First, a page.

What is potassium?
Potassium is a mineral and electrolyte, meaning it conducts electricity. It is essential for all of the body’s functions. It helps nerves, muscles and the heart to function properly, as well as moving nutrients and waste around cells.
What does potassium do?
Potassium is essential for life. It allows the nerves to respond to stimulation and muscles to contract (tighten), including those in the heart. It also offsets the effect of sodium (present in table salt) in raising blood pressure, and moves nutrients into cells and waste products out of cells.
The potential health benefits of potassium include:
- reducing blood pressure
- protecting against strokes
- protecting against osteoporosis
- preventing kidney stones
- reducing water retention
The kidneys control potassium levels in the body and remove excess potassium in urine. If the kidneys do not work properly, potassium may build up in the blood. This can be a very dangerous condition because it may cause the heart to beat irregularly or stop beating.
Can I have too much or too little potassium?
The amount of potassium in the body can be affected by the climate, physical activity, using diuretics, and consuming sodium (salt).
An imbalance of potassium can lead to health problems:
Low potassium (hypokalaemia) can lead to symptoms including weakness, tiredness, muscle cramps, constipation and abnormal heart rhythms.
Hypokalaemia can happen if you become dehydrated, for example due to vomiting or diarrhoea, or from sweating excessively. Diuretics (fluid tablets) can also cause low potassium. Sometimes, people may have low potassium because they are not eating enough foods high in potassium.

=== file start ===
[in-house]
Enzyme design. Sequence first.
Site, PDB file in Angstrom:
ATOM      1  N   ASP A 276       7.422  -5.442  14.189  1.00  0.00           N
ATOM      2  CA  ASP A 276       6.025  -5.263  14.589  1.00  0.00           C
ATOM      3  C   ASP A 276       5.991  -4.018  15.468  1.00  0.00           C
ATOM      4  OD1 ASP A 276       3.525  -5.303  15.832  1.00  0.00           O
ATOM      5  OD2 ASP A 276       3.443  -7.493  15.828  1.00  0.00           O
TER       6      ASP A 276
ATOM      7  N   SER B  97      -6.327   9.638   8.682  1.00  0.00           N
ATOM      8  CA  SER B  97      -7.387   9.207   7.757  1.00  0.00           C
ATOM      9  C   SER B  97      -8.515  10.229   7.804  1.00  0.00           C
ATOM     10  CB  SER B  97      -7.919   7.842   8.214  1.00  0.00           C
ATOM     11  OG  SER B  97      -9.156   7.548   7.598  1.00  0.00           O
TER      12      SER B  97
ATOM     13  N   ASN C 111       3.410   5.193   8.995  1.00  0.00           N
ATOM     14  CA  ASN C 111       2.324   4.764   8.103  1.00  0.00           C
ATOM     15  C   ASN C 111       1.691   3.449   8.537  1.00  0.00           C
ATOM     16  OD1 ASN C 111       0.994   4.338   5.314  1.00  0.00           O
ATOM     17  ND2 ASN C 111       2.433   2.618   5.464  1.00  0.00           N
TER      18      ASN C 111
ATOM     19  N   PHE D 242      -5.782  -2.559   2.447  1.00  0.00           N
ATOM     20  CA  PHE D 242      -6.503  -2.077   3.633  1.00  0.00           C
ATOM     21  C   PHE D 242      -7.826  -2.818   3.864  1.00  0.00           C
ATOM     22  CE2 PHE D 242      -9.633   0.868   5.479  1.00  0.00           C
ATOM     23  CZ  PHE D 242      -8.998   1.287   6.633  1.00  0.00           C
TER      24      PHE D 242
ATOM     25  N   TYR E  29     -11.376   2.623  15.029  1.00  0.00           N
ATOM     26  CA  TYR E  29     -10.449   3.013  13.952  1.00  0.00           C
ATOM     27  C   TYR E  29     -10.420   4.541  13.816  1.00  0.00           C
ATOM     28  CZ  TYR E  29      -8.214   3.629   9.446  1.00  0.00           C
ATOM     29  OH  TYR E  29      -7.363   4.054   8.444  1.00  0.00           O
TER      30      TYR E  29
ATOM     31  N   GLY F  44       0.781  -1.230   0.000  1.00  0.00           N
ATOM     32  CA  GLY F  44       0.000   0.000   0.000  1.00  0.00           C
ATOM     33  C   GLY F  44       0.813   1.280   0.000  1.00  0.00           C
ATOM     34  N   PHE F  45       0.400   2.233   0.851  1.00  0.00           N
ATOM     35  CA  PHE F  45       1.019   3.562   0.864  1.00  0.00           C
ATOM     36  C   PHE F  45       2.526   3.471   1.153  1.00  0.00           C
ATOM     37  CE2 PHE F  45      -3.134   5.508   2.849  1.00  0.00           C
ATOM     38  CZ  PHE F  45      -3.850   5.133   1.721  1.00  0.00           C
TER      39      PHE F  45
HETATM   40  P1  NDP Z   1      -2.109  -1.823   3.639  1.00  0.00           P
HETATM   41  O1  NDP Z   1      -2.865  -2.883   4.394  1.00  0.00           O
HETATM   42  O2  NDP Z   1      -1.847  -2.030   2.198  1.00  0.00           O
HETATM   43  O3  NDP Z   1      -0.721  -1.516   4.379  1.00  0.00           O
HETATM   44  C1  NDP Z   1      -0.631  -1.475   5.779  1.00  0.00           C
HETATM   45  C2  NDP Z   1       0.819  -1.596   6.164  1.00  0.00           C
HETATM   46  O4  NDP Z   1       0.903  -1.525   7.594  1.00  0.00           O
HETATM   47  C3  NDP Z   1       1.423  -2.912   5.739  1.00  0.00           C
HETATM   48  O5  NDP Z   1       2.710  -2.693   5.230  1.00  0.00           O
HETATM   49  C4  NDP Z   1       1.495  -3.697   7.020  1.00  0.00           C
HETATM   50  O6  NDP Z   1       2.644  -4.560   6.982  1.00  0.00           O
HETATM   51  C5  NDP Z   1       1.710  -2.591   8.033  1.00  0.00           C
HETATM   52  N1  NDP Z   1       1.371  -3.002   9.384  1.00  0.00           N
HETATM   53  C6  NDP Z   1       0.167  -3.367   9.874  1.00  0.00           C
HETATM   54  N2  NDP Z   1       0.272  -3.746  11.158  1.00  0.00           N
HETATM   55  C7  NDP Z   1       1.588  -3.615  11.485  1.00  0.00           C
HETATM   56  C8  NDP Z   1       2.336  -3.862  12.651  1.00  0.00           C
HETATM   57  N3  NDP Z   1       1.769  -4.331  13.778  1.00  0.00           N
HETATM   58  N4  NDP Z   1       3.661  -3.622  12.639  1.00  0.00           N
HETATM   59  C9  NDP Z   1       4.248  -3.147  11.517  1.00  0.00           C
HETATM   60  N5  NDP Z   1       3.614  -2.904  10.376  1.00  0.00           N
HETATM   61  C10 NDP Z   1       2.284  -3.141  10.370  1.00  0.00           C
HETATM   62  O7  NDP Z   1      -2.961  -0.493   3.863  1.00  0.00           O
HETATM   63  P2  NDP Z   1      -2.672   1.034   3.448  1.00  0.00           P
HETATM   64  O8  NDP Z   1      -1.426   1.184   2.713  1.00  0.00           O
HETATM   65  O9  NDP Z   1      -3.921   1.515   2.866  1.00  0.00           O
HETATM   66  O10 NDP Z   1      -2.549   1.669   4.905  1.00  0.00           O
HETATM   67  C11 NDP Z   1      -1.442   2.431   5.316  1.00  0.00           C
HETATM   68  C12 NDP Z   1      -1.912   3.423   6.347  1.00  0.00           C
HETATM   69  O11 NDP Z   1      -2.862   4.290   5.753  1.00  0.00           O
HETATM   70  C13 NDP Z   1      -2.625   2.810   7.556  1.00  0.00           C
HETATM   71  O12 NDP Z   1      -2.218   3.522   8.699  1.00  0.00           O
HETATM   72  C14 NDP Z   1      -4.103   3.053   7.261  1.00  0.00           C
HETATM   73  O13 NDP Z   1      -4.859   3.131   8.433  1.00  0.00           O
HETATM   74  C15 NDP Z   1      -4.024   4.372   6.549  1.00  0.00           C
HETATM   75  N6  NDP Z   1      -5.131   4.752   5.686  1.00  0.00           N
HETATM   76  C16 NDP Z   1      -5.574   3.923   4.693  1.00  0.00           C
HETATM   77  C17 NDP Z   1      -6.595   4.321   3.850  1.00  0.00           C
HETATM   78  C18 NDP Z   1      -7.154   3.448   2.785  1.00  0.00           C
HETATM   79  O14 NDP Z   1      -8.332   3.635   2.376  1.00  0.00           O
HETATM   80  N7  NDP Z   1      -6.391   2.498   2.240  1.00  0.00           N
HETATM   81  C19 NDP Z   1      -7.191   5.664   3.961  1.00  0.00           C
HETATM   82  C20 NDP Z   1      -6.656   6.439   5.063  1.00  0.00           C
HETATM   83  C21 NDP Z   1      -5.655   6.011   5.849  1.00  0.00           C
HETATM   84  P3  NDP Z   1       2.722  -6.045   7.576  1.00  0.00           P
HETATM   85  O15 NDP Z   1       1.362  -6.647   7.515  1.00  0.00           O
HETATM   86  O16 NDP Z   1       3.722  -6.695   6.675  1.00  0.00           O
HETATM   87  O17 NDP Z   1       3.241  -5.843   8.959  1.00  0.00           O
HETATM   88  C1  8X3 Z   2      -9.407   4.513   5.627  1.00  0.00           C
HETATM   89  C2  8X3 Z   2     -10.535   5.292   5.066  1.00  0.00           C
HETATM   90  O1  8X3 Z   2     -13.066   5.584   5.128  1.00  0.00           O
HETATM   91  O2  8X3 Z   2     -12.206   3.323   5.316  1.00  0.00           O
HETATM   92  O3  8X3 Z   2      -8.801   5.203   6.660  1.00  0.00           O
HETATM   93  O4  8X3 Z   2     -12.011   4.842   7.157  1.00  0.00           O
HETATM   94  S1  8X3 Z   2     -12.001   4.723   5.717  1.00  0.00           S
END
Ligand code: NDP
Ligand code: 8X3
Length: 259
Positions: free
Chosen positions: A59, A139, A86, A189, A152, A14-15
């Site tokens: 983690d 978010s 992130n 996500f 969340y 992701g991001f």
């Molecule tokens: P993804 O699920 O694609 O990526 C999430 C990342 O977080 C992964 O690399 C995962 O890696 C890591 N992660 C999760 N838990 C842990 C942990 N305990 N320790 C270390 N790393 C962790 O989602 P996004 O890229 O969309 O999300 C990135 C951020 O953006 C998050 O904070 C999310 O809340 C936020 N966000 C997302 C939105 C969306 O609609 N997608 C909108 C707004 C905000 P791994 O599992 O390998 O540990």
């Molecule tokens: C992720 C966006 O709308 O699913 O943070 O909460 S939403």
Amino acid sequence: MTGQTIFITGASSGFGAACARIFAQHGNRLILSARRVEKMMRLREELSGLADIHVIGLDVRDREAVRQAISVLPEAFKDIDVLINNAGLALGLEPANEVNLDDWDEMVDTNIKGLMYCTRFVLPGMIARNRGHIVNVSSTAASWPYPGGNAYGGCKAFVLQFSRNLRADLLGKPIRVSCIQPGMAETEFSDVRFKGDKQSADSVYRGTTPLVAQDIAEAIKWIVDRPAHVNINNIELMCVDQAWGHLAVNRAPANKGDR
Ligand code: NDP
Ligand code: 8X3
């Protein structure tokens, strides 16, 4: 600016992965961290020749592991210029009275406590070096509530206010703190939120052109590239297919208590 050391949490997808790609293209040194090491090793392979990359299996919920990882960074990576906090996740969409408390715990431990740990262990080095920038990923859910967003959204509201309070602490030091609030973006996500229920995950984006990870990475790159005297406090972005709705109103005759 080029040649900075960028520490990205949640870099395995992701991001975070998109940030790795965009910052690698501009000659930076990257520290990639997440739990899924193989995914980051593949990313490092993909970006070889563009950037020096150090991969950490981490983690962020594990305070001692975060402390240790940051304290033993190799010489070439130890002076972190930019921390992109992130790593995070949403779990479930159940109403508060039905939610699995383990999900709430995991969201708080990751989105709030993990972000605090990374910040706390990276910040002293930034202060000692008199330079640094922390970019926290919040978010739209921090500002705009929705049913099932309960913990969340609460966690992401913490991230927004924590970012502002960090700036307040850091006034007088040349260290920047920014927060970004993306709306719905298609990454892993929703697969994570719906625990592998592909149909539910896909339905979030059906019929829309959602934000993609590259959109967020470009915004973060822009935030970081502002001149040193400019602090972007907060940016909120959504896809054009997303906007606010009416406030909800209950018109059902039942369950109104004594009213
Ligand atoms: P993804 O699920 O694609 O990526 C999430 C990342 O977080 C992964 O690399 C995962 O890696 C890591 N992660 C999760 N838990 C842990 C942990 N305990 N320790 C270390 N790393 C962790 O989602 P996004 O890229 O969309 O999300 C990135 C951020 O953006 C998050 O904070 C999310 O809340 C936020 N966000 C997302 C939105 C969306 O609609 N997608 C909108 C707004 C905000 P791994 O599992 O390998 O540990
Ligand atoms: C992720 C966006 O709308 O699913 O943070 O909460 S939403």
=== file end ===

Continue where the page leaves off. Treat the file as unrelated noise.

A high potassium (hyperkalaemia) is a serious and potentially life-threatening condition. It is usually discovered through blood tests ordered to explain or monitor another condition.
If you have unusually high levels of potassium, you can feel weak and tired, feel nauseous and have an abnormal heart rhythm.
Hyperkalaemia can be caused by kidney disease or taking medications that decrease the amount of potassium the body removes in the urine.
If you have these symptoms and believe your potassium levels might be high, contact your doctor immediately. They can check your potassium levels with a blood test.
How much potassium do I need?
How much potassium you need depends on your age and stage of life:
|Stage of life||Adequate intake for potassium (milligrams per day)|
|0-6 months||400 mg/day|
|7-12 months||700 mg/day|
|1-3 years||2,000 mg/day|
|4-8 years||2,300 mg/day|
|Adult men||3,800 mg/day|
|Adult women||2,800 mg/day|
|During pregnancy||2,800 mg/day|
|While breastfeeding||3,200 mg/day|
Because having too much potassium can affect your health, only take a potassium supplement under medical supervision. Babies under 12 months can get all the potassium they need from breast milk, formula and food.
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Last reviewed: April 2021